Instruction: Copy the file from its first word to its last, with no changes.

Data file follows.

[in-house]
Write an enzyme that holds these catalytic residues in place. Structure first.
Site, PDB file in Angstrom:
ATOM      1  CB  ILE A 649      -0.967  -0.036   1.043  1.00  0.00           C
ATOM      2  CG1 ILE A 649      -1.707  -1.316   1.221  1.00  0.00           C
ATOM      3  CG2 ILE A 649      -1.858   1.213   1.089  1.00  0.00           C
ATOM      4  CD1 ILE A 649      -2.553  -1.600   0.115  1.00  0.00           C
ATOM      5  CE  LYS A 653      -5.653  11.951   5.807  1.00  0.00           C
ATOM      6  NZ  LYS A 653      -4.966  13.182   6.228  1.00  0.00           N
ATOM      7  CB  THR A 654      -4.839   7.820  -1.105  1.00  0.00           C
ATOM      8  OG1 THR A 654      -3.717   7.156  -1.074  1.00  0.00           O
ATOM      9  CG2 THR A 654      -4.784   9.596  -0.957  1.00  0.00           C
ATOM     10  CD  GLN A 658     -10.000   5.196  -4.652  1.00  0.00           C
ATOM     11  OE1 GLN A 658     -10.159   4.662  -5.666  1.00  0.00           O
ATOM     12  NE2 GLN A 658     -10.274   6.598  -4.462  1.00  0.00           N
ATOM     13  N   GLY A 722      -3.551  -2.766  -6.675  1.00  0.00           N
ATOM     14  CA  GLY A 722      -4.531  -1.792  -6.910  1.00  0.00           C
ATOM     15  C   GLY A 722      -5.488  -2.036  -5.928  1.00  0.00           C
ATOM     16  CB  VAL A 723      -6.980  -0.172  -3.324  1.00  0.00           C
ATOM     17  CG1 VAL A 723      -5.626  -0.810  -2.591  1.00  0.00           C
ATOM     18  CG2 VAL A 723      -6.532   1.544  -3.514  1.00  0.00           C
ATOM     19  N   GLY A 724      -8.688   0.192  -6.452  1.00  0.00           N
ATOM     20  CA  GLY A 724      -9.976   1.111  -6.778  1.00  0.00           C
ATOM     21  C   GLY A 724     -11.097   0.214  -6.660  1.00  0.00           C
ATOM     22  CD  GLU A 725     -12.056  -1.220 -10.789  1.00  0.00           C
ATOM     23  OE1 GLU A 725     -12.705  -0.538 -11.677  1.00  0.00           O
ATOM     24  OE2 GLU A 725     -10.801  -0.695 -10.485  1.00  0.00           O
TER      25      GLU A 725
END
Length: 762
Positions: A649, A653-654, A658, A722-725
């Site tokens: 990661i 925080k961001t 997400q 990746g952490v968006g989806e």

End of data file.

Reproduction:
[in-house]
Write an enzyme that holds these catalytic residues in place. Structure first.
Site, PDB file in Angstrom:
ATOM      1  CB  ILE A 649      -0.967  -0.036   1.043  1.00  0.00           C
ATOM      2  CG1 ILE A 649      -1.707  -1.316   1.221  1.00  0.00           C
ATOM      3  CG2 ILE A 649      -1.858   1.213   1.089  1.00  0.00           C
ATOM      4  CD1 ILE A 649      -2.553  -1.600   0.115  1.00  0.00           C
ATOM      5  CE  LYS A 653      -5.653  11.951   5.807  1.00  0.00           C
ATOM      6  NZ  LYS A 653      -4.966  13.182   6.228  1.00  0.00           N
ATOM      7  CB  THR A 654      -4.839   7.820  -1.105  1.00  0.00           C
ATOM      8  OG1 THR A 654      -3.717   7.156  -1.074  1.00  0.00           O
ATOM      9  CG2 THR A 654      -4.784   9.596  -0.957  1.00  0.00           C
ATOM     10  CD  GLN A 658     -10.000   5.196  -4.652  1.00  0.00           C
ATOM     11  OE1 GLN A 658     -10.159   4.662  -5.666  1.00  0.00           O
ATOM     12  NE2 GLN A 658     -10.274   6.598  -4.462  1.00  0.00           N
ATOM     13  N   GLY A 722      -3.551  -2.766  -6.675  1.00  0.00           N
ATOM     14  CA  GLY A 722      -4.531  -1.792  -6.910  1.00  0.00           C
ATOM     15  C   GLY A 722      -5.488  -2.036  -5.928  1.00  0.00           C
ATOM     16  CB  VAL A 723      -6.980  -0.172  -3.324  1.00  0.00           C
ATOM     17  CG1 VAL A 723      -5.626  -0.810  -2.591  1.00  0.00           C
ATOM     18  CG2 VAL A 723      -6.532   1.544  -3.514  1.00  0.00           C
ATOM     19  N   GLY A 724      -8.688   0.192  -6.452  1.00  0.00           N
ATOM     20  CA  GLY A 724      -9.976   1.111  -6.778  1.00  0.00           C
ATOM     21  C   GLY A 724     -11.097   0.214  -6.660  1.00  0.00           C
ATOM     22  CD  GLU A 725     -12.056  -1.220 -10.789  1.00  0.00           C
ATOM     23  OE1 GLU A 725     -12.705  -0.538 -11.677  1.00  0.00           O
ATOM     24  OE2 GLU A 725     -10.801  -0.695 -10.485  1.00  0.00           O
TER      25      GLU A 725
END
Length: 762
Positions: A649, A653-654, A658, A722-725
């Site tokens: 990661i 925080k961001t 997400q 990746g952490v968006g989806e």